She said that she had been encouraged by the fact that Omicron was a “visibly less dangerous variant if it is not allowed to explode.”
Danish Prime Minister Metter Frederiksen in Denmark's parliament last week. Photo: Liselotte Sabroe/Ritzau Scanpix
In the latest opinion poll by Voxmeter for the Ritzau newswire, the Danish Social Democratic party had the support of 31.5 percent of voters, up 4.7 percent in a single week, and the highest share of voting intentions the party has enjoyed since October 2006.
Danish Prime Minister Mette Frederiksen has taken tough actions, banning gatherings of more than ten people, shutting restaurants, bars, shops and sports facilities, and even closing Denmark's borders against the recommendations of its own public health agency (Sundhedsstyrelsen).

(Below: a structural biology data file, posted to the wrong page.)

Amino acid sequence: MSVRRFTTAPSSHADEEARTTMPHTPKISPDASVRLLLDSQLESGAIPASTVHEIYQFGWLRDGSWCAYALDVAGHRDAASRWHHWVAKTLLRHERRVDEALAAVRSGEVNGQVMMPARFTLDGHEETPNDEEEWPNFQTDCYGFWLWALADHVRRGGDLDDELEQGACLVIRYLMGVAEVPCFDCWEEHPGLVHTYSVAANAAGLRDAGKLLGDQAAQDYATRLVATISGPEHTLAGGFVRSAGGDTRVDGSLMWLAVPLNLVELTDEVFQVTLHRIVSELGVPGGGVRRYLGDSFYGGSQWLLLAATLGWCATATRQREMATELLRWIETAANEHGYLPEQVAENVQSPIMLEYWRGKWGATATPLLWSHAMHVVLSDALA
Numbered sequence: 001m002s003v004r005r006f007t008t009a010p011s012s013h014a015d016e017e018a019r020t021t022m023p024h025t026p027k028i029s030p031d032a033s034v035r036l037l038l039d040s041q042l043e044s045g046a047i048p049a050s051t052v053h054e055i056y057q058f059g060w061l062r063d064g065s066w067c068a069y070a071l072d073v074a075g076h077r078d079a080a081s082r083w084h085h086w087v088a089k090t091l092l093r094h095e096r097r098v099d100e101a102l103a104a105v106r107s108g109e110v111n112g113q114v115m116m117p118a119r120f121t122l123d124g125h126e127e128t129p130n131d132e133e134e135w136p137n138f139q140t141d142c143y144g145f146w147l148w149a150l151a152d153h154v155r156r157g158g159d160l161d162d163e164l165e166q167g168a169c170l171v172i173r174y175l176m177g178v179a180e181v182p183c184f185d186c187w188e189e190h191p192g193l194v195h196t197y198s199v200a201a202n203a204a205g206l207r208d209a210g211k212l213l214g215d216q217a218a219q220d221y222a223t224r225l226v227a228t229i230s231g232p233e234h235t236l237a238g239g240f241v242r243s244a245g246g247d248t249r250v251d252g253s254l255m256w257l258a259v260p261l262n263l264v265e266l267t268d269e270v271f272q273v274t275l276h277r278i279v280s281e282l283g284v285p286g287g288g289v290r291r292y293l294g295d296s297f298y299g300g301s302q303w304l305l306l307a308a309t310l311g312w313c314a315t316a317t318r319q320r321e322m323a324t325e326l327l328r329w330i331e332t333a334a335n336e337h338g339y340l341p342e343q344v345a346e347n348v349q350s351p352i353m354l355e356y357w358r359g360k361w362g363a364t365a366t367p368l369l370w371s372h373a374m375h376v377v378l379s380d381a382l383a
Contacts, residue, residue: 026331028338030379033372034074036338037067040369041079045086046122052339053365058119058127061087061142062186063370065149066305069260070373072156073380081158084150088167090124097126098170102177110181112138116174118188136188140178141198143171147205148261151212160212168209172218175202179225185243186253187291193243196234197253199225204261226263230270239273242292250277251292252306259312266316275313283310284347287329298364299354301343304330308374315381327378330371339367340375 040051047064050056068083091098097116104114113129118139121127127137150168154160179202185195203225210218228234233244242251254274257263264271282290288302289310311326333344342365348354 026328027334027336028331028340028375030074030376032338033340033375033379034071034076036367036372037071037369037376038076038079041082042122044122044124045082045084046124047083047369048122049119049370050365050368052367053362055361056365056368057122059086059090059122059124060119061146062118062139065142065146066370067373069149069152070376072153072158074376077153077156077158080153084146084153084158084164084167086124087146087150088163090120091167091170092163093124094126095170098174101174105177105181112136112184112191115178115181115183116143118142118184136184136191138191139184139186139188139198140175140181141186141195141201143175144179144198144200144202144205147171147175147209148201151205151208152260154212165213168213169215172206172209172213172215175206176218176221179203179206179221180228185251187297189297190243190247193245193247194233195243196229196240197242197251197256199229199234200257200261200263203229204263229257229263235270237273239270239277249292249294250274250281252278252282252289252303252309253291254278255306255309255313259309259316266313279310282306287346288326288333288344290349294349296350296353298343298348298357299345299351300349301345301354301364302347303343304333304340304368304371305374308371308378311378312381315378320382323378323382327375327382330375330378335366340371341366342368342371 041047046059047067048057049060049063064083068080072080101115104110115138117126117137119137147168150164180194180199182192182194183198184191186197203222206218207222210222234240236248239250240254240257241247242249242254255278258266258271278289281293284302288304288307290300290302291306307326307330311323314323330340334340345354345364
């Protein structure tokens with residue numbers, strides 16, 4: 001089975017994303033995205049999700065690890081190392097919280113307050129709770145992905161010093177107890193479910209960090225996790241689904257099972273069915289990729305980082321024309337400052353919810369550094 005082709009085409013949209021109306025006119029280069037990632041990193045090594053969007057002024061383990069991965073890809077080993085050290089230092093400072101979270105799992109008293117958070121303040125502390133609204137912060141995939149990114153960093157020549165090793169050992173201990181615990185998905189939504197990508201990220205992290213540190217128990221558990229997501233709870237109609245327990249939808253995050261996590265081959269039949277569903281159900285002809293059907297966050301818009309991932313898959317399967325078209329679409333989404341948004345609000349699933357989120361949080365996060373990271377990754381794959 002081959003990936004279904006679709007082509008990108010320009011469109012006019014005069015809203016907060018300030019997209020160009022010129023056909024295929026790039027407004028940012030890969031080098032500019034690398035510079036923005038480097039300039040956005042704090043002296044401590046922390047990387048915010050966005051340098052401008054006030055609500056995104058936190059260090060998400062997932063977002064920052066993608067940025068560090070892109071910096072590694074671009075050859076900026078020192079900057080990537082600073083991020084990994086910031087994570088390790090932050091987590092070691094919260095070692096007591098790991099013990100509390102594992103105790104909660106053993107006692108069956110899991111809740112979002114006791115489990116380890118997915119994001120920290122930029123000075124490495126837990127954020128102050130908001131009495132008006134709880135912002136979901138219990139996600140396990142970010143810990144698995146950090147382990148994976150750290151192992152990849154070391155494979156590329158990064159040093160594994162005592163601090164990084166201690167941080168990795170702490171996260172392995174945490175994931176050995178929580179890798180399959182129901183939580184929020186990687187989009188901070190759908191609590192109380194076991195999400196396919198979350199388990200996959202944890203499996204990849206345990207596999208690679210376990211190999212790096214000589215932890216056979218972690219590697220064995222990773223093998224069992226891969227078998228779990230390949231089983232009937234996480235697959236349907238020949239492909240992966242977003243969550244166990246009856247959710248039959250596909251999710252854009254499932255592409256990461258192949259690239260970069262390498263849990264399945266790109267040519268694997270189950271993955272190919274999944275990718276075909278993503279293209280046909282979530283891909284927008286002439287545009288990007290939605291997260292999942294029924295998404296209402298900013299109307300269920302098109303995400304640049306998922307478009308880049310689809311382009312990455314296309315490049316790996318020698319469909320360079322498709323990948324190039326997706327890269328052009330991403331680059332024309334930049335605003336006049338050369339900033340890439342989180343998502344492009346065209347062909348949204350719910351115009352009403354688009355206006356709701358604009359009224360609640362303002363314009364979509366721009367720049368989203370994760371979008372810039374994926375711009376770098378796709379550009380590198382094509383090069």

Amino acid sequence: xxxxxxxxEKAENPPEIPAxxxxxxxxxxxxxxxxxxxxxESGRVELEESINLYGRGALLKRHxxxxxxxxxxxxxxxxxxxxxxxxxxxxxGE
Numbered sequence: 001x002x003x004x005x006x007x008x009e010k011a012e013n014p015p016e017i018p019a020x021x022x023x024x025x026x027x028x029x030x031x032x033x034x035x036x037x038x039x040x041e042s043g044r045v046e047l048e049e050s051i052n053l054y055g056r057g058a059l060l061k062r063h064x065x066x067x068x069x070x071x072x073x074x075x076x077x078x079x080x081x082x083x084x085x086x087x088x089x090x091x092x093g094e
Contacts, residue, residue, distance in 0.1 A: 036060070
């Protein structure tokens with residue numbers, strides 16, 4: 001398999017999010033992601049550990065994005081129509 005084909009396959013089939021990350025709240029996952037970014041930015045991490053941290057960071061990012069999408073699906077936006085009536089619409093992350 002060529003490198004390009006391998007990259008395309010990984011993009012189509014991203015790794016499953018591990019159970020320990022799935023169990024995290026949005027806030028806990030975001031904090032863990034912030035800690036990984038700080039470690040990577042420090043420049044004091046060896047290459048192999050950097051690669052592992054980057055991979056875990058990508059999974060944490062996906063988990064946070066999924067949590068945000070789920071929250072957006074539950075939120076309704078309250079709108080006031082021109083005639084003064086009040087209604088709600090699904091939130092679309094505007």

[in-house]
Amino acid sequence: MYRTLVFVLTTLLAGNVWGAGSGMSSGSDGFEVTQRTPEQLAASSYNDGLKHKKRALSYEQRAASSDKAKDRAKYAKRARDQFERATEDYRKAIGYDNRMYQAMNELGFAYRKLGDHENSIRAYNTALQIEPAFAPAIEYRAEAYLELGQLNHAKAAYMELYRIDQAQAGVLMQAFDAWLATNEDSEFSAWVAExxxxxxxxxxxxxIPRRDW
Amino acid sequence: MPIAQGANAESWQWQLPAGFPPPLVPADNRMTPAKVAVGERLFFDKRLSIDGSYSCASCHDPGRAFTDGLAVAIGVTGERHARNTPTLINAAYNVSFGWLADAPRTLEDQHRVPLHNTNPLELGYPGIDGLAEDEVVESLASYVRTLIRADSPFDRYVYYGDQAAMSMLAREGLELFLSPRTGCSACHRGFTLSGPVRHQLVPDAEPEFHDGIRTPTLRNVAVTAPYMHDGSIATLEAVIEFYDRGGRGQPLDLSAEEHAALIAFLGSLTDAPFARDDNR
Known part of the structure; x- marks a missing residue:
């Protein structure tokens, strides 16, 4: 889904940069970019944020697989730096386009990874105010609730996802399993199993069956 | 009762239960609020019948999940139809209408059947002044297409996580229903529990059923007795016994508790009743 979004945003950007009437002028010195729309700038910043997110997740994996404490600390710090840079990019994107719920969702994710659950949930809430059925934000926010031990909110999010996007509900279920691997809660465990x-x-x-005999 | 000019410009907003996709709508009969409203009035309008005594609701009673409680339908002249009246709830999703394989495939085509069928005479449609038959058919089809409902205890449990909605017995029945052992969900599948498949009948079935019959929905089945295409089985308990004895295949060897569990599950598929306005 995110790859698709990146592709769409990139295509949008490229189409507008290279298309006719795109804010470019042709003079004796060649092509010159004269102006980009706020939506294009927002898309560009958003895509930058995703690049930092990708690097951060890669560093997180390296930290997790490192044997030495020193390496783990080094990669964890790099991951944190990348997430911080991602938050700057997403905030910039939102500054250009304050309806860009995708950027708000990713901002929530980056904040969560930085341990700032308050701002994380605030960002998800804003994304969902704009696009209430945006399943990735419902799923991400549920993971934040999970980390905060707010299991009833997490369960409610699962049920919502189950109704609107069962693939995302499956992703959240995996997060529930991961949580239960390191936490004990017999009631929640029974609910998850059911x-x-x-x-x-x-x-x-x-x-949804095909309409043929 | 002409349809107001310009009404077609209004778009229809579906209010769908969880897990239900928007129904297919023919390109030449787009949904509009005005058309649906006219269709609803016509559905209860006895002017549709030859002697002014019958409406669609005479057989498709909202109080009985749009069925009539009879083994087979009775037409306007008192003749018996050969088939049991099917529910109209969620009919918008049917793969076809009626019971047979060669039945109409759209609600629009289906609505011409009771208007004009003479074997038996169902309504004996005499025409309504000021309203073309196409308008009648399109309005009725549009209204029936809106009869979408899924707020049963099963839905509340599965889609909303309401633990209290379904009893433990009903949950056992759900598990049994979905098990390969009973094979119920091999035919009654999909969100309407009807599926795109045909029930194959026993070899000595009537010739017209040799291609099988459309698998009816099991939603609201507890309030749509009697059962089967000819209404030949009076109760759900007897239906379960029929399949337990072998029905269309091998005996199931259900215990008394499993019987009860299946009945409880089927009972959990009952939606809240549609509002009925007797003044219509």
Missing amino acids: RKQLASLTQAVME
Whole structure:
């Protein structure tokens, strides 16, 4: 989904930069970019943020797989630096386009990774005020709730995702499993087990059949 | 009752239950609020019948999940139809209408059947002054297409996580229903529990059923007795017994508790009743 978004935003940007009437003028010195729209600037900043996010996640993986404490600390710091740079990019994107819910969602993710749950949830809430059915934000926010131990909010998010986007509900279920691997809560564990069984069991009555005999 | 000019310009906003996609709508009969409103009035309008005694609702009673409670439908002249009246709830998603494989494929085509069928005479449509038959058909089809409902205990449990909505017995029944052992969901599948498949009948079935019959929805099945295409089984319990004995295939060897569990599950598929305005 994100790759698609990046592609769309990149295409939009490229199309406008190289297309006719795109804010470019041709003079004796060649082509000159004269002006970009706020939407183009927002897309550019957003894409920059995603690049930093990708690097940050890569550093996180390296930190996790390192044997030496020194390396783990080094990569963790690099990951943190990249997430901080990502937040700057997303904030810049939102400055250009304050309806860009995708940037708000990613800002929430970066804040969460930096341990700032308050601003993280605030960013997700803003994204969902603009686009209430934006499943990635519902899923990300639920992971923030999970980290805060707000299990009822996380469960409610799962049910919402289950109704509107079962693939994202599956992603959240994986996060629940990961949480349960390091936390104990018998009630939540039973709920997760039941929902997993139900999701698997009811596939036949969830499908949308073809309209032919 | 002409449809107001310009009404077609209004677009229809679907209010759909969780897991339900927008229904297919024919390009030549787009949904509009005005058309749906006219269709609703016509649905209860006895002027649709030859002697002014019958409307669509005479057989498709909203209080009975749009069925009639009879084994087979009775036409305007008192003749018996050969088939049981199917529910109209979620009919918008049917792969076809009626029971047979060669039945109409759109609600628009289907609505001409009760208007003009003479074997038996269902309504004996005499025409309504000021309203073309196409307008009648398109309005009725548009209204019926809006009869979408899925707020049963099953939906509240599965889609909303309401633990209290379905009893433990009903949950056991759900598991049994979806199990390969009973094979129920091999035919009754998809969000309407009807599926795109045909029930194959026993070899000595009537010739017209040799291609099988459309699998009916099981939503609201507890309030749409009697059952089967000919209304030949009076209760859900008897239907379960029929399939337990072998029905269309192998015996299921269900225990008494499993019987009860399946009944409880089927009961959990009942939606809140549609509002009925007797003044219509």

“If we have to wait for full evidence to fight the corona, then it is my clear conviction that we will be too late,” Frederiksen said in a speech, explaining why her government decided to go so far so fast, even when there was little medical evidence to support decisions.
According to Anna Christensen Research Director at Voxmeter, the Danish population overwhelmingly supports the government's approach, with 85.2 percent saying that they have confidence in the handling of the crisis, and only four percent saying they did not.
“We can see that the popularity of the prime minister's and the government's handling of the crisis is very, very high,” she told The Local. “It's almost the entire population that supports it.”
So far, Denmark's tougher approach has not resulted in a lower death tally than in light-touch Sweden next door.
The country's SSI health agency reported that there had so far been 72 coronavirus deaths on Saturday, or twelve per million of population. This compared to 110, or ten per million of population, in Sweden.